Once powerhouses, their show at the Gulf Cup is in stark contrast to previous generations.
Gulf Cup: How the mighty Saudi Arabia have fallen in Asian football
That day it was the eighth wonder of the world, a solo run of light, pitter-patter feet, a turn of pace, a smidgen of luck and plenty of audacity; the kind of 11 seconds that change not just the life of an individual, but, conceivably, the course of a nation.
But Saudi Arabia scored four other goals during their remarkable run to the second round and two of them are worth remembering again.
The first was Fuad Amin's winner against Morocco. He grappled for and won the ball in his own half, shrugged off an opponent and shot from 35 yards, maybe more. Morocco's captain and goalkeeper Khalil Azmi did not distinguish himself in trying to save it, but the shot did swerve cruelly late.
The other was Fahad Al Ghesheyan's goal against Sweden in the second round. Released down the right, Ghesheyan (who would later briefly play for the Dutch side AZ Alkmaar) strode wide into the penalty area.
His second touch with his right foot set it up, a swift change of direction to turn the defender inside out and take the ball to the right corner of the five-yard box, from where he smashed past Thomas Ravelli with his left.
Both goals spoke highly of a wondrous footballing culture of great individual skill, unusually good touch and a fertile attacking imagination (defensively, not so much).
The Green Falcons were every bit as audacious as Al Owairan's goal and in a tournament of pretty audacious goals all round they stood proud.
Those goals and performances remain an apotheosis for Arabian Gulf football; an indicator for where that style of swift, attractive and counter-thrusting football perpetrated by smaller players can take them.
And it is up there with the greatest Asian performances of all time, as good as North Korea's run in 1966 for sure; given how controversial South Korea's last-four finish at home in 2002 ultimately became, perhaps even that.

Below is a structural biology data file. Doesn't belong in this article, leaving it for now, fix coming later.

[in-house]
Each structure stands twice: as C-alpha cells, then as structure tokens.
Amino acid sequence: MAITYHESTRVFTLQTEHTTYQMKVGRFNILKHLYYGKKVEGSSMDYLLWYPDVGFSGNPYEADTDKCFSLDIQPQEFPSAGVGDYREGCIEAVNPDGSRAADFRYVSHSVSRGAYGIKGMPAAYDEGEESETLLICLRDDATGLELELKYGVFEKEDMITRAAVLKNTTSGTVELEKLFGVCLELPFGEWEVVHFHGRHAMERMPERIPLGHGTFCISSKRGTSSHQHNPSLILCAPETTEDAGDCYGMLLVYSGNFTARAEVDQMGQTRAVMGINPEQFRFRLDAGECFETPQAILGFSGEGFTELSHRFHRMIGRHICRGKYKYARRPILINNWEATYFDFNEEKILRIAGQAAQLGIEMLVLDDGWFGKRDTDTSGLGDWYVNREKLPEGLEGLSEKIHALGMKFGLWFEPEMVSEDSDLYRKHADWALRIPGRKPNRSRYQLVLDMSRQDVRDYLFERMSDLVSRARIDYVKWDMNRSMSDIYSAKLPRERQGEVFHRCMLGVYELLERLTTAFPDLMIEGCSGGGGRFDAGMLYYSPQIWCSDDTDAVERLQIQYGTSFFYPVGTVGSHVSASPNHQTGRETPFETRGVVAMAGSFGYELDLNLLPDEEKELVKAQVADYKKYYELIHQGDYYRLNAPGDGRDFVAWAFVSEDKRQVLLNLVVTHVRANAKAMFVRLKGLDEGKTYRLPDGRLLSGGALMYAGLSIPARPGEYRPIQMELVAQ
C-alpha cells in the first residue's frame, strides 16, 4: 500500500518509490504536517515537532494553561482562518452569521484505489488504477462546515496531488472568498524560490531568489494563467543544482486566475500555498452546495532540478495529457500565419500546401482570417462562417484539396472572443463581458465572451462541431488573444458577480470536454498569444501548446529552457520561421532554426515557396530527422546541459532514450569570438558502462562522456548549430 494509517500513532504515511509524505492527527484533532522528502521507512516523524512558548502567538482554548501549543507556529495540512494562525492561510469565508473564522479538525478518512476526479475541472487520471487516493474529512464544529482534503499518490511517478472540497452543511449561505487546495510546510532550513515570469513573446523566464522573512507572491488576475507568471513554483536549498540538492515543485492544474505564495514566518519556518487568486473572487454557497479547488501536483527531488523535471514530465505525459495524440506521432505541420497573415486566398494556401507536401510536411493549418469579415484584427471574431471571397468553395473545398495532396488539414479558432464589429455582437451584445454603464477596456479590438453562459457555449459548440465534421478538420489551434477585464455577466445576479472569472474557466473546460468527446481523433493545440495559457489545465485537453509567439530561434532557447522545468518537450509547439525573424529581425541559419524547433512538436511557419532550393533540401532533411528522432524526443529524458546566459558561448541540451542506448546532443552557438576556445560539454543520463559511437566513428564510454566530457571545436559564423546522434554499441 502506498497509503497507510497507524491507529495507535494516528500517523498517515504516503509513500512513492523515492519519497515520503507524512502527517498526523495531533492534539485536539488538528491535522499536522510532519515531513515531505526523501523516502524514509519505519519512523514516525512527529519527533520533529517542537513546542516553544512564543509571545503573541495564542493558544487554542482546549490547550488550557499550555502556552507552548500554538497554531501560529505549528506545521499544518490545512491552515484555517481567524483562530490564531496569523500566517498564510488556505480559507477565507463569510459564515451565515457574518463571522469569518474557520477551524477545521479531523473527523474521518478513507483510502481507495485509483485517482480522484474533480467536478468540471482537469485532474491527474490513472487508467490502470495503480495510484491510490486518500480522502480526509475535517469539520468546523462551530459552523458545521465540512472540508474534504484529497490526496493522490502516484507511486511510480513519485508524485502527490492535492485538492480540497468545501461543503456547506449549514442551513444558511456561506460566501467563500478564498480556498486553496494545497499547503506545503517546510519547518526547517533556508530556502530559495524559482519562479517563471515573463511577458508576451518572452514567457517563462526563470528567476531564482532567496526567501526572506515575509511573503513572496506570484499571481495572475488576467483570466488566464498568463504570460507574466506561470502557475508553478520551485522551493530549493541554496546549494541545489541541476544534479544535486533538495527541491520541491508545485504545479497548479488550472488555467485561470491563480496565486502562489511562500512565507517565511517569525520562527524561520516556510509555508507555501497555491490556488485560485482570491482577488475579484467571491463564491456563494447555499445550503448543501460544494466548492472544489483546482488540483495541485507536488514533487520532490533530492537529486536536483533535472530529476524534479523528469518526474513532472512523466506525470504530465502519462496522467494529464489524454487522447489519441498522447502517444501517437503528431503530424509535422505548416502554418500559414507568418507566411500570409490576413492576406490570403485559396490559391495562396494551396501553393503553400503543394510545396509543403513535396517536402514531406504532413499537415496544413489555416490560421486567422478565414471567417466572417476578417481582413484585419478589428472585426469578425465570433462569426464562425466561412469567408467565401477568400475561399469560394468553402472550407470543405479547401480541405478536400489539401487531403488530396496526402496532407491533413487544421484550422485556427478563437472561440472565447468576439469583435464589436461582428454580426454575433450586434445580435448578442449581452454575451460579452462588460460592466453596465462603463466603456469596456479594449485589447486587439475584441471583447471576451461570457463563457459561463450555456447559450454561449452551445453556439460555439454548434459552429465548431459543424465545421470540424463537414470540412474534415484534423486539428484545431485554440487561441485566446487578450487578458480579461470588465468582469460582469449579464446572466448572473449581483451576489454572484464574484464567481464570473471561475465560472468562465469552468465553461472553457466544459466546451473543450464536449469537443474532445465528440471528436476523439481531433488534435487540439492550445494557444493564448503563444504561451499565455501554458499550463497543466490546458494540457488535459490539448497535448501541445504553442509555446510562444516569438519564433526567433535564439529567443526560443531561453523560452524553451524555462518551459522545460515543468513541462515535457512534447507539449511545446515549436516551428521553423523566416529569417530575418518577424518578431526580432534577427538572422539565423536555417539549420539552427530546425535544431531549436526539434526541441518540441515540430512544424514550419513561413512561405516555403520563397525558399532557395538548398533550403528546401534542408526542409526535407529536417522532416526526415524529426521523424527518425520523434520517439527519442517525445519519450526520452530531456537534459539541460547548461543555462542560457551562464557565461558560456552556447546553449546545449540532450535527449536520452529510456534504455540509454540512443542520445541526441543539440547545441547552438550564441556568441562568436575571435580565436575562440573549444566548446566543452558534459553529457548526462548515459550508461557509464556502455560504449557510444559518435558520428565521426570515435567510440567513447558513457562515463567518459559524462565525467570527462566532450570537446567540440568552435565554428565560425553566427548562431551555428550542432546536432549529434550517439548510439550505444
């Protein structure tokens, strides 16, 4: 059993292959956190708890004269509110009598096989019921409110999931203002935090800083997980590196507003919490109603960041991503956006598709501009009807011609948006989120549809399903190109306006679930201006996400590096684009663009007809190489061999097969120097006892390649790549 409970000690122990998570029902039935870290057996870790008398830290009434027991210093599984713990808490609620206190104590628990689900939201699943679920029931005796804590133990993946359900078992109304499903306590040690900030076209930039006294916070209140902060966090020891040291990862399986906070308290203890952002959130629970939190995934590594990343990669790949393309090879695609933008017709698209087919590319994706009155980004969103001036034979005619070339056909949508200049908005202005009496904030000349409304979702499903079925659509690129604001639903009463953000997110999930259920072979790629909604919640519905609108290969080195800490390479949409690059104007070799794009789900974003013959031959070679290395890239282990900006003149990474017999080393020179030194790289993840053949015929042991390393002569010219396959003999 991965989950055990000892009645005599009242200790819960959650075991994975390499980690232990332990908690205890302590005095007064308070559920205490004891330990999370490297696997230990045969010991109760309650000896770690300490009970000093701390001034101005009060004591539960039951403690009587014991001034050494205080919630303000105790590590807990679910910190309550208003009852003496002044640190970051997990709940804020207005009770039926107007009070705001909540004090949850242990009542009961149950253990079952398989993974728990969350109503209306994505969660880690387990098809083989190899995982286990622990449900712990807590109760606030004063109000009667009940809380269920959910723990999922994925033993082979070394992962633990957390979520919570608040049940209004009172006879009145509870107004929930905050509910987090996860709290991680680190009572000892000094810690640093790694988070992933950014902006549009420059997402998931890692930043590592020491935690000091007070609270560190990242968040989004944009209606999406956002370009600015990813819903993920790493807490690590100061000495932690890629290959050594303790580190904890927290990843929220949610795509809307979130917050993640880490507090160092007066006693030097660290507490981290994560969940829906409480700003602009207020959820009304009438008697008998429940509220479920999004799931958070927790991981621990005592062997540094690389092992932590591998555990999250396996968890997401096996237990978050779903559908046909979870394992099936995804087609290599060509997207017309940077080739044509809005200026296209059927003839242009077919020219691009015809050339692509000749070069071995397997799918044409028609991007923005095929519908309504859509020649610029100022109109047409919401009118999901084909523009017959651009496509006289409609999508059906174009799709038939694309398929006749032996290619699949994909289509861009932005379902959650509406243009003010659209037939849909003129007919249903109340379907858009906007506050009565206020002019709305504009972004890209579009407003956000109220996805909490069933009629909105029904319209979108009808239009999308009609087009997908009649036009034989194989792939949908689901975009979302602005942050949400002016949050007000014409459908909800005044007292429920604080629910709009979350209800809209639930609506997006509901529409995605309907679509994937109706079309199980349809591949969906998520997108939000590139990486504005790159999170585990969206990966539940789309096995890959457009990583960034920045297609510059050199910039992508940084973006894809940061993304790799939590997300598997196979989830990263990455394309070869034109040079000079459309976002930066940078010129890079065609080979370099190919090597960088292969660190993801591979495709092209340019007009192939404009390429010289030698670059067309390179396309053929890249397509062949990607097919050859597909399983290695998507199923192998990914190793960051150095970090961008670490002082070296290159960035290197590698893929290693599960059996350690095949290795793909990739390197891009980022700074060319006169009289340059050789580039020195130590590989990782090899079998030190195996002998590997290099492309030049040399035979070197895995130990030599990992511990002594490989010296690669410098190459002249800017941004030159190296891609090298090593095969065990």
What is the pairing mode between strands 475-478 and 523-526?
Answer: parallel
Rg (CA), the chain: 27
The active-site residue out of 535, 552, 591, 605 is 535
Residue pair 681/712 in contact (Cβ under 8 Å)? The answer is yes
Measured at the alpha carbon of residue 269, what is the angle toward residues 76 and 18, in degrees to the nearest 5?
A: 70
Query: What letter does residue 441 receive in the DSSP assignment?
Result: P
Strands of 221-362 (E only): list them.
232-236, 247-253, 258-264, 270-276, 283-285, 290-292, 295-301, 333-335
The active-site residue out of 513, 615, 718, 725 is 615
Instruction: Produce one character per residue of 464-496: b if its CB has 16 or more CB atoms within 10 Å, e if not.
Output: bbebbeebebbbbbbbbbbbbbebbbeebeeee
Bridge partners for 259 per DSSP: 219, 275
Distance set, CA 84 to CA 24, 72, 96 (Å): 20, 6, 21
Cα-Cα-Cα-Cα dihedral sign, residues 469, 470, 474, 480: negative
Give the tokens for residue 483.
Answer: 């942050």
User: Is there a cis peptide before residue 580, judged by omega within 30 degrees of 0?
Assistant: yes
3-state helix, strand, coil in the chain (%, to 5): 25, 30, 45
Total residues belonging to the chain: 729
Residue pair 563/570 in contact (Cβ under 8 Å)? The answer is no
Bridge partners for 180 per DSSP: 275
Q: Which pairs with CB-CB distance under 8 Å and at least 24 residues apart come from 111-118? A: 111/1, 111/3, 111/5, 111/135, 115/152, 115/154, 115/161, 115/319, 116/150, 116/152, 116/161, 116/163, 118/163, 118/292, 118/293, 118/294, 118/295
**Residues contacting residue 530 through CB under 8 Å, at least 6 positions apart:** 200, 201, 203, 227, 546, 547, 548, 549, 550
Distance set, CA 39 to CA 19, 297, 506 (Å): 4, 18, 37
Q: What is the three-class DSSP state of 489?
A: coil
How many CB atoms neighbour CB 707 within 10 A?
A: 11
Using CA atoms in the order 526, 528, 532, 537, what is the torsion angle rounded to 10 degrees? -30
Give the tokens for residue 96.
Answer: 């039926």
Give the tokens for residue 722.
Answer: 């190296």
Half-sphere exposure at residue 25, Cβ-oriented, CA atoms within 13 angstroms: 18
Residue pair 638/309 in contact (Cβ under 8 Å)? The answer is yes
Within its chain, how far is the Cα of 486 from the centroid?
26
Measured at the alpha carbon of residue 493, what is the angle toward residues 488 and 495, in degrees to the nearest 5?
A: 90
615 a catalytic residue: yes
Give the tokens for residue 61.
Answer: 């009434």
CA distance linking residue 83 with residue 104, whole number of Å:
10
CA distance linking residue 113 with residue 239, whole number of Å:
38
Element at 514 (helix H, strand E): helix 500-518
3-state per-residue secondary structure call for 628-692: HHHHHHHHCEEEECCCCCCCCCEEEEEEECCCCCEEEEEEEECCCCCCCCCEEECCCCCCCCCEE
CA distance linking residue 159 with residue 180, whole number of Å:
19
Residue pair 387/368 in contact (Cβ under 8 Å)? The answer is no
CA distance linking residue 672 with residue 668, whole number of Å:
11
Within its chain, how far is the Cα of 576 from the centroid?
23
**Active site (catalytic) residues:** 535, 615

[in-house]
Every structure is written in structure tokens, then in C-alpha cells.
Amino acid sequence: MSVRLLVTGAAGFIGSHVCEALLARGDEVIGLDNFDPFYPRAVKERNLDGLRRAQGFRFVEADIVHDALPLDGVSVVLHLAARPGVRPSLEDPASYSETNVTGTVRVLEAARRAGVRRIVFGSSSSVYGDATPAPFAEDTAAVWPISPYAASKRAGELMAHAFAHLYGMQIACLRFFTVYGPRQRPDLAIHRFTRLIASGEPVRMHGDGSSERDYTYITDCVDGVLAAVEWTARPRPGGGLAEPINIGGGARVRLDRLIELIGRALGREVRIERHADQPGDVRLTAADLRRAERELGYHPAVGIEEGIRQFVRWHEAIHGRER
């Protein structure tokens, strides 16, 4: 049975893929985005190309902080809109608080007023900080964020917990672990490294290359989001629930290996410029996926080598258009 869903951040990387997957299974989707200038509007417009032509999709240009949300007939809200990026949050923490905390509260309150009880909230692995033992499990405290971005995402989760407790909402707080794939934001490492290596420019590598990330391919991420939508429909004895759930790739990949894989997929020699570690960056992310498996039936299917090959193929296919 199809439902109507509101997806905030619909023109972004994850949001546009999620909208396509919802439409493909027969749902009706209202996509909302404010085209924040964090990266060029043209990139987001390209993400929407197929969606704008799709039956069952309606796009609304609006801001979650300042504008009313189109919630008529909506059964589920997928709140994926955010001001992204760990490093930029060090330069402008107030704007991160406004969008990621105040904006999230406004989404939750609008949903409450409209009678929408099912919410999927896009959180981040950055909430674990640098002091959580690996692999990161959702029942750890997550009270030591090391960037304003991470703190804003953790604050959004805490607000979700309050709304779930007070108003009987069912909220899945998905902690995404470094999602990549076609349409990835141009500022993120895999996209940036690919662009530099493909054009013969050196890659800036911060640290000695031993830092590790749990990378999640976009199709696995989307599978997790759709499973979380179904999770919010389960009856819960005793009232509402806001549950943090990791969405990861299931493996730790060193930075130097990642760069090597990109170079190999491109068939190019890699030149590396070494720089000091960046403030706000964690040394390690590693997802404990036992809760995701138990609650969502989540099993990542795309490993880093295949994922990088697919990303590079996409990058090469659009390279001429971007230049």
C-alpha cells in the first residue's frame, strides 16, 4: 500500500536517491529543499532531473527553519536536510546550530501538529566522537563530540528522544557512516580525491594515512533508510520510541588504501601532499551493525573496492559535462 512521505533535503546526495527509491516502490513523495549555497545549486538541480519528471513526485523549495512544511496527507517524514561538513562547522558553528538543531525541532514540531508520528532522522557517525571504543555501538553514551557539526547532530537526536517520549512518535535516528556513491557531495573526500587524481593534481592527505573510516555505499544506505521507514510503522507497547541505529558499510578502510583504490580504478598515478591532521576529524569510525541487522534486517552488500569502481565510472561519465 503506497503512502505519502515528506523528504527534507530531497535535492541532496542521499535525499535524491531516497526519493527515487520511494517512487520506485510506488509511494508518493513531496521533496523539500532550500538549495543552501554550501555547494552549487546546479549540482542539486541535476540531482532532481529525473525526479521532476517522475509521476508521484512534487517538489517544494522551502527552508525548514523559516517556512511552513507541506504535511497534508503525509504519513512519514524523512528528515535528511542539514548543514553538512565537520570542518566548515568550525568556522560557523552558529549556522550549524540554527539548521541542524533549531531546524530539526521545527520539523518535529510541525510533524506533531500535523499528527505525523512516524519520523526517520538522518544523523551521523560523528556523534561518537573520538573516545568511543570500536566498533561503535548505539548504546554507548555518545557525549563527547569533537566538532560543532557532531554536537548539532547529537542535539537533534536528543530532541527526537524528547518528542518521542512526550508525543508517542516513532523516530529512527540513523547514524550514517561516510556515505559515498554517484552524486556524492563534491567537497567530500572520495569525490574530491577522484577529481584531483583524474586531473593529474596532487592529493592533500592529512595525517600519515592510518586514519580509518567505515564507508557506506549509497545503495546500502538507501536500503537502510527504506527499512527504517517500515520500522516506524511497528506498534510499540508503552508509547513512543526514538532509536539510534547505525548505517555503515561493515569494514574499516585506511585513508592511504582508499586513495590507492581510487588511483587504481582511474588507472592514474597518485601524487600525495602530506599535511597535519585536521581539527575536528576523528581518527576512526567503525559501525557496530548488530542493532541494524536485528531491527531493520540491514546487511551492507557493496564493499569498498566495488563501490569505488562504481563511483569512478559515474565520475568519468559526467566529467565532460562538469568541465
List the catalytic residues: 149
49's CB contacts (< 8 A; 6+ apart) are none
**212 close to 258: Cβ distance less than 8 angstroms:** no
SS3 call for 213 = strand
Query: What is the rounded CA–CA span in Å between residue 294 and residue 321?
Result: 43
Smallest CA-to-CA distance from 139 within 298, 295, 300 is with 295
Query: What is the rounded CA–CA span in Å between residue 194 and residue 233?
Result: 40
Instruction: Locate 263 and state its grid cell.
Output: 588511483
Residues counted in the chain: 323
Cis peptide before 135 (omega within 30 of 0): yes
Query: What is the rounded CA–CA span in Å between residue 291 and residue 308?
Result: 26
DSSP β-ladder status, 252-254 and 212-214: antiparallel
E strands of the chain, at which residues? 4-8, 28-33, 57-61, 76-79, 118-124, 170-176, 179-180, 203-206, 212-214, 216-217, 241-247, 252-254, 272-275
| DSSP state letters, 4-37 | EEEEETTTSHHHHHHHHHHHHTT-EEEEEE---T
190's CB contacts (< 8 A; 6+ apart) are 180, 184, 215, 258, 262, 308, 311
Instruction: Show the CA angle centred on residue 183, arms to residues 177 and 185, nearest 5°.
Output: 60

The point of remembering this is to remind yourself that Saudi Arabia was once a mighty footballing nation, and that 1994 was not just some weird kink in the time-space continuum. It was the work of a nation that made five consecutive Asian Cup finals from 1984 to 2000 (and won it three times) and qualified for three consecutive World Cups after 1994.
A reminder that they once were not what we saw in the Gulf Cup on Monday, in an incoherent 2-0 loss to Iraq. A few years ago, Yemen - their opponents tonight - would be a three-point guarantee. Not now.
It is difficult to know in such an impenetrable culture exactly what has gone wrong. It is easy to point out how quickly they go through managers.
But it is not so easy to square how many coaches they went through between 1984 and 2006 - 32 - with the fact of their success in that golden age.
Was it just the flowering of one golden generation? Not really, because the span of their preeminence was over more than one generation (and the real golden generation came from the Under 17 World Cup winning side in 1989).
And in a country as large as that (at 28 million people, only Iraq in the Gulf Cup has a larger population), quality should be more sustainable than just the serendipitous coming together of a clutch of talented players.
Very broadly speaking, the socioeconomic conditions are conducive too.
There is less reason to worry, as Albert Benaiges, the Al Wasl academy head and once of Barcelona, does in the UAE, for instance.
The standard of living is high for players here, Benaiges says, so that the hunger to use football to transcend circumstance is less, or worse, unnecessary.
In Saudi Arabia, this is not the case. In the 80s and 90s, the hunger for football was evident all around, in empty, sandy plots, apartment buildings, streets, school playgrounds.
In the absence of a ball, many games were played with crushed soft drinks cans (a hint, perhaps, at why ball control among Saudi players is so exceptional but also why sometimes, individual skill trumps team play).
Keener observers suggest that the country has not invested enough into younger talent, or certainly not as much as they used to (their last appearance in the final of the Under 19 Asian Cup was in 1992).
The only truth is that Saudi Arabia, the home of Majed Abdullah, Al Owairan, Sami Al Jaber, Saleh Al Naeema and countless other Asian giants, stands now on the precipice of mediocrity, 1994 but a vanishing dot in the horizon of collective memory.
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